Winners of the 2018 Tapestry Design Prize for Architects announced

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Mona founder David Walsh AO has announced a collaboration between the Melbourne-based Hotham Street Ladies and Pop Architecture as the winner of the 2018 Tapestry Design Prize for Architects. Their design, Chaos and Fertility, took home $5000.

In a brief set by David Walsh, designers were asked to propose a tapestry design responding to the Pharos building, conceived by Australian firm Fender Katsalidis and inspired by the monumental Cenotaph for Sir Isaac Newton, a hypothetical spherical structure imagined by 18th century French architect Étienne-Louis Boullée. Known for their exuberantly colourful installations created from baked goods and vast daubs of icing, the Hotham Street Ladies worked with Katherine Sainsbery and Justine Brennan of Pop Architecture to create the winning design.

Contained within the triangular edifice of Pharos are several works by James Turrell, including Unseen Seen, a giant sphere encompassing an immersive light work dedicated to the vision altering Ganzfeld effect.

A contrast to Turrell’s smooth, white sphere and the sleek interior of Pharos, the design for Chaos and Fertility is like fruit cracked open, resplendent in rich colours and decorative details recalling Greek mythology, the female body and antiquity.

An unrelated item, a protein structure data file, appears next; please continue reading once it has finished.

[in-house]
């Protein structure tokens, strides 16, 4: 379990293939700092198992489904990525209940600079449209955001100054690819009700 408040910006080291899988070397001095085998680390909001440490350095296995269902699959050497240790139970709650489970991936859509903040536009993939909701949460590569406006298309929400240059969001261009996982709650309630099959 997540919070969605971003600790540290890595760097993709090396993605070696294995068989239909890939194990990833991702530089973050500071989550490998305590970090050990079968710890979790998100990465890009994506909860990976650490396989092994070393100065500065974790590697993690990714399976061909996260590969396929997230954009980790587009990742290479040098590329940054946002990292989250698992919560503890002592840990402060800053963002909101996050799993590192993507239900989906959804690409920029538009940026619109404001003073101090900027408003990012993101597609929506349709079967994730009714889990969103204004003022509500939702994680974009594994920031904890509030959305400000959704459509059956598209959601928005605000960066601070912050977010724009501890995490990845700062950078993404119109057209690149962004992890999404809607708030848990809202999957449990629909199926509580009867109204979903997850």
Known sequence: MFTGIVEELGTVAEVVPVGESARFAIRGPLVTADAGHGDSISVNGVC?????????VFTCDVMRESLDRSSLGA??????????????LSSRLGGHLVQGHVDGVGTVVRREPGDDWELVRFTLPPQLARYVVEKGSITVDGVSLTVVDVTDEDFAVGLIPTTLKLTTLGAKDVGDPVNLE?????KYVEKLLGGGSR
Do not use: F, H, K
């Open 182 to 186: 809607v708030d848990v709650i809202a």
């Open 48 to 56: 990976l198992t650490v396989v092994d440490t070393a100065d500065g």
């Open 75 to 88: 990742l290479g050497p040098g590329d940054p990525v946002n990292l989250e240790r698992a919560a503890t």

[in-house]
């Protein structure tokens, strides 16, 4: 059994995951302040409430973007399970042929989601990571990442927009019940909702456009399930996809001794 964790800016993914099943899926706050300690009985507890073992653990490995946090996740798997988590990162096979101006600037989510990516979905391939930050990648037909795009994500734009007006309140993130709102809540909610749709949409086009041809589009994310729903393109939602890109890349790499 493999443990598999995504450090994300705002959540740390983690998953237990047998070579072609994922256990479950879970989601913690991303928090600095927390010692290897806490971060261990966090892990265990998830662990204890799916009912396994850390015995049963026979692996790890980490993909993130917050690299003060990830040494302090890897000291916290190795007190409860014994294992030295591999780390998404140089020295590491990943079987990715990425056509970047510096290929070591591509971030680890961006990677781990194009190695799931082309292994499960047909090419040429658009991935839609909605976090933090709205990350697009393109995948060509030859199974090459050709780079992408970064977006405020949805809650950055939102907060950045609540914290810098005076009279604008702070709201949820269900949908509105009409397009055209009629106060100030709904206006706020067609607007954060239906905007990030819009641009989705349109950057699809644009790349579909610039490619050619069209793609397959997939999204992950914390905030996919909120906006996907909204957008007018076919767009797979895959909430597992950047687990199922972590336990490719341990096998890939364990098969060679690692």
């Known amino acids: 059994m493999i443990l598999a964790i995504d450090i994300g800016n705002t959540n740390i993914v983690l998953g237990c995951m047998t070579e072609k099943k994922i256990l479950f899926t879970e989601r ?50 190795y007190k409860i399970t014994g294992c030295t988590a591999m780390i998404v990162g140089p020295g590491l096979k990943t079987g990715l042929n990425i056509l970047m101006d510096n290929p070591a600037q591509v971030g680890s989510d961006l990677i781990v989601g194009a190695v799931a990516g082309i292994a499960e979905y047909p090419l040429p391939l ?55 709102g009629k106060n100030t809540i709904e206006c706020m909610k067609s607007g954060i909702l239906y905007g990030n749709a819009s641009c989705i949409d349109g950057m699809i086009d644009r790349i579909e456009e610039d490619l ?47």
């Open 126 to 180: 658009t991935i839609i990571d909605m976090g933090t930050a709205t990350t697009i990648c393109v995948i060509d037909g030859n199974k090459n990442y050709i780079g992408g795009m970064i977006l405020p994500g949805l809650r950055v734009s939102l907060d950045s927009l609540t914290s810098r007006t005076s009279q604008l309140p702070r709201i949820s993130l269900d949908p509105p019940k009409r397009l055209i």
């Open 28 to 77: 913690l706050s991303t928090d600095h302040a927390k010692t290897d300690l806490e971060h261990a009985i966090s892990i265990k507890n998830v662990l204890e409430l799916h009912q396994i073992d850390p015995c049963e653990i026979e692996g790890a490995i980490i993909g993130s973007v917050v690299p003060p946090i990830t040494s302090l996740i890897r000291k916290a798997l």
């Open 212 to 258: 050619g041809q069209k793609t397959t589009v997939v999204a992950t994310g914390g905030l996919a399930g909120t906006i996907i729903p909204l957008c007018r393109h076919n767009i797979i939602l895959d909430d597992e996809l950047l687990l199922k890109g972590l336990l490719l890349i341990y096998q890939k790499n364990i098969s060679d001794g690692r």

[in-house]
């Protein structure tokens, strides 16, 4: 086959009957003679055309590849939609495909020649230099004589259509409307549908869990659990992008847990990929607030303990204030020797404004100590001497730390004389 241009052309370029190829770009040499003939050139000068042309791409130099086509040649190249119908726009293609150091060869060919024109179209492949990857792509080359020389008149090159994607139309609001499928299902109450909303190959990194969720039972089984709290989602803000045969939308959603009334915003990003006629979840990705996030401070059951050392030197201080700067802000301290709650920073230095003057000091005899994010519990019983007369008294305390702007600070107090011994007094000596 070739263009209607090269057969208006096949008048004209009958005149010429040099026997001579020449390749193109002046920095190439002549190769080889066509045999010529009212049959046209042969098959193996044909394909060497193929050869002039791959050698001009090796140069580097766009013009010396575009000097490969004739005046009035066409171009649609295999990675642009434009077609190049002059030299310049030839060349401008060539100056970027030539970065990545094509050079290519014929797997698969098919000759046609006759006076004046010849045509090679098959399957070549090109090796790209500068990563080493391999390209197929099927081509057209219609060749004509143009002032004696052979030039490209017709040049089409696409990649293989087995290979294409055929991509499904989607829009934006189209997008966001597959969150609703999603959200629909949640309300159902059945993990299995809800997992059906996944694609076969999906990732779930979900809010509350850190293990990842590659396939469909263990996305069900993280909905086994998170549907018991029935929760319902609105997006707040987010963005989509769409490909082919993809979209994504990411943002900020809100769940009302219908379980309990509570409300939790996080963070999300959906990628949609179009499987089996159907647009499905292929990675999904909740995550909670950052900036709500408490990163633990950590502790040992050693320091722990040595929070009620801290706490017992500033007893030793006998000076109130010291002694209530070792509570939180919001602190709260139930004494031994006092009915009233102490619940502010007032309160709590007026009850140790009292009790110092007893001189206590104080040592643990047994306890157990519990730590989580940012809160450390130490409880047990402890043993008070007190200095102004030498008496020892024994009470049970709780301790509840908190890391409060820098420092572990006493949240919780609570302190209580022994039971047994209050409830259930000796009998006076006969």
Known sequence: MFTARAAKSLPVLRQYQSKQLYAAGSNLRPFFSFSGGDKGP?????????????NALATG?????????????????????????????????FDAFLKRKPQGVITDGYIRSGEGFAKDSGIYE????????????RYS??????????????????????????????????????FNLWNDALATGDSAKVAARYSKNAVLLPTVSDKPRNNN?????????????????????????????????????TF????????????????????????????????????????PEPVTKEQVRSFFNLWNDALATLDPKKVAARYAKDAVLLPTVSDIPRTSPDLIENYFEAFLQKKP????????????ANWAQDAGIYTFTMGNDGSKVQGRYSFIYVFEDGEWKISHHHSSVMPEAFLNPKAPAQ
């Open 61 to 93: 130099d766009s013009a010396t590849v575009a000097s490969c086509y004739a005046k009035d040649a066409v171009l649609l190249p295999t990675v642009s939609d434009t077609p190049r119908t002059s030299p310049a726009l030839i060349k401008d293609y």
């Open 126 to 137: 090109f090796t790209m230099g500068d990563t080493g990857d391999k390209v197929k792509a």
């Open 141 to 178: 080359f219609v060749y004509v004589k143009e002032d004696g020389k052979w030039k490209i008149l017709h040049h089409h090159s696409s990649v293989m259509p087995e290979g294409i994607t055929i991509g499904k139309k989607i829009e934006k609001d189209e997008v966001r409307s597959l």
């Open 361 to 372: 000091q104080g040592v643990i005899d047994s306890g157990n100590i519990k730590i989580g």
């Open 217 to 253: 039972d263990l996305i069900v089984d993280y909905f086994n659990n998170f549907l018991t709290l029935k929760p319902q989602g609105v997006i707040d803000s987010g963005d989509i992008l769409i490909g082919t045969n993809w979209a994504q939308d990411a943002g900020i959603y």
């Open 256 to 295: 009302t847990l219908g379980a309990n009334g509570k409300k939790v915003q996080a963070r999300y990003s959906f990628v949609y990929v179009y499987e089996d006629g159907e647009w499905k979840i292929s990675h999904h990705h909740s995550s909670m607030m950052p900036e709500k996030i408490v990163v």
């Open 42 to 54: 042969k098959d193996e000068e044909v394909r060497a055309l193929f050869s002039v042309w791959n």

“Our design depicts a series of grottos, each holding a symbol of female power or fertility,” says Molly O’Shaughnessy of the Hotham Street Ladies. “A key design element for our work was to create a piece that could potentially be joined together to cover the spheres of Boullée’s Cenotaph and Turrell’s Unseen Seen. As a result, the shape of Chaos and Fertility is based on a geometrical pattern of an unfurled globe.”  

The minimal aesthetic employed by Boullée and Turrell presented numerous difficulties which the Hotham Street Ladies and Pop Architecture chose to embrace. O’Shaughnessy reveals, “It was a challenge to consider the idea of creating a tapestry – a highly decorative and traditionally female practice – in response to Boullée’s lack of ornament and architecture, created at a time when women were excluded from architectural practice.

While researching Boullée, we became interested in what existed below his Cenotaph and were drawn to the female symbology we discovered buried deep in his interiors.”

O’Shaughnessy continues, “We tried to think differently about the flat surface and rectangular frame of the tapestry. This contributed to our idea of depicting caves and grottos that could utilise varied weaving techniques to create raised, three dimensional elements like rocks and vegetation around the entrances.”

In addition to the winning work, a second prize of $2500 was awarded to Arturo Muela, Paola Ibarra and Daniela Gutiérrez for Colliding Universes in Saint Peter’s Four Meter Woolen Eye, and a third prize of $1500 to Kevin Liu for After Turrell, Backside of the Moon. A further $1000 will be awarded to the people’s choice at a later date. Judges included Kay Lawrence AM, Emeritus Professor from the School of Art, Architecture and Design, University of South Australia, and architects Timothy Hill, Andrew Burges, Alice Hampson, and Dimmity Walker.

This year the Tapestry Design Prize for Architects was a partnership between the Australian Tapestry Workshop, Mona, and Architecture Media. An exhibition featuring designs by all 15 finalists is currently on display at the Australian Tapestry Workshop in Melbourne until October 26.

Tapestry Design Prize for Architects 2018
Australian Tapestry Workshop
August 16 – October 26

Briony Downes